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Columns

"After a couple of years of celebrating apart because of the pandemic, and also for having just lived through another rancorous national election, we all could use the joy and hope and anticipation that is promised us in Christmas, in the birth of a mighty little king born in a manger."
Katie Pinke looks at the positive impact of 4-H on youth.
Christmas Eve is just four weeks away, and maybe we should all put plentiful moisture on our wish lists.
These days we seem to cram Thanksgiving between Halloween and Christmas, almost an afterthought, or a chore to be done, like feeding the chickens between breakfast and the fieldwork. Too bad. It’s a fine holiday.

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"It's pretty easy to forget that the rest of us can stay inside and not deal with these things only because there are people who willingly go outside every day and do the work. When you pull a package of hamburger or a steak from your freezer, remember the ones who raised the cattle and say a little prayer for their safety and well-being."
I very much liked it that way. I had no desire to hear any more political talk for a while. I had my fill.
"I like that we are still discovering creatures previously unknown to us even though we are supposedly firmly into our golden scientific age. It’s a good and humbling reminder of our place in the order of things. ... I marvel at a God who would create us in his image, but still take the time to fashion the prehistoric-looking conger eel — it’s real, look it up! — for purposes I will never comprehend."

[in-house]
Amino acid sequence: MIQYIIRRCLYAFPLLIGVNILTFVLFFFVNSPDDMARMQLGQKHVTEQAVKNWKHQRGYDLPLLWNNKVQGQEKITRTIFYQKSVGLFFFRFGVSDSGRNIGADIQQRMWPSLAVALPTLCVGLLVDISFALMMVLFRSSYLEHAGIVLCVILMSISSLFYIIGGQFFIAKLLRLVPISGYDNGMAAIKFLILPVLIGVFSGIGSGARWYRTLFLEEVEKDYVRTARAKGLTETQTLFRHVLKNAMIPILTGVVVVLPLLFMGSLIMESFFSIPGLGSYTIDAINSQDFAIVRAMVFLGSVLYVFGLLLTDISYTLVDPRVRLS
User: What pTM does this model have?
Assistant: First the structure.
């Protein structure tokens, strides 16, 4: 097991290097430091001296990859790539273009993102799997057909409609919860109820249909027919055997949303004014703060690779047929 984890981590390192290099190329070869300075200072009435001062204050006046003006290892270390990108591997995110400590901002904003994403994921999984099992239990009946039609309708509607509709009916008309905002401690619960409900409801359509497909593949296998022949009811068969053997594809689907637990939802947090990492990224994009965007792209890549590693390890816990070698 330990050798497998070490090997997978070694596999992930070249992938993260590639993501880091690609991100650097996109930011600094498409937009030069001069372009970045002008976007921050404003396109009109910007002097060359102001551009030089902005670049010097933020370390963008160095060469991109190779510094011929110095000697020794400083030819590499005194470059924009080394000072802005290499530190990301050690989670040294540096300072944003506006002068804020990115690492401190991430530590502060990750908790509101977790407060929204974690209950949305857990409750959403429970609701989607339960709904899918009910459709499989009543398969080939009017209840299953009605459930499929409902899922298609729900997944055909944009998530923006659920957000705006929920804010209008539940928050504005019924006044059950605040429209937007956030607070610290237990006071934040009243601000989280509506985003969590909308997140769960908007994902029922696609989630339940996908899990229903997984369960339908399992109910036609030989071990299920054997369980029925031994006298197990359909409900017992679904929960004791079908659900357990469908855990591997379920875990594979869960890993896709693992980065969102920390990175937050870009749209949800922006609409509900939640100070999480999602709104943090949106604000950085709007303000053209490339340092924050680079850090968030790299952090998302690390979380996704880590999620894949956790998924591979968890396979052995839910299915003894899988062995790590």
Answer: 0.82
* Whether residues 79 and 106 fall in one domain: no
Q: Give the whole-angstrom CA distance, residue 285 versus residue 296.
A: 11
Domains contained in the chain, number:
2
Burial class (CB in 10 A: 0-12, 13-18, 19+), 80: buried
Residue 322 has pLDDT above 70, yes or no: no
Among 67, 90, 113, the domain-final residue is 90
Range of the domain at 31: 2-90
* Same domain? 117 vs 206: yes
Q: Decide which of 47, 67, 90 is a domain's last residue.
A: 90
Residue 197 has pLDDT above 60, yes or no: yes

To connect teens with adults, Northwood Public School along with a community healthcare partner held its first Multi-Generation Trivia Night with 14 teams participating. Katie Pinke was a part of the last-place team and shares the wins she still experienced between friends and three generations of her family.
A feature on a Sunday morning television program stirred my thoughts about retirement. The program involved a thing called “ageism.’’
One of the most significant lessons my dad taught this farmer’s daughter was to lead by example.

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Even a pastor needs divine reassurance every once in a while.
Those two moments are as close as I came to becoming a military veteran. I don’t dwell on them, but when Veterans Day approaches each year, I feel a twinge of guilt.
Jenny Schlecht reflects on the little irritants on a farm, like the dust from pushing cattle or unloading corn and how it can affect parts of day-to-day life.

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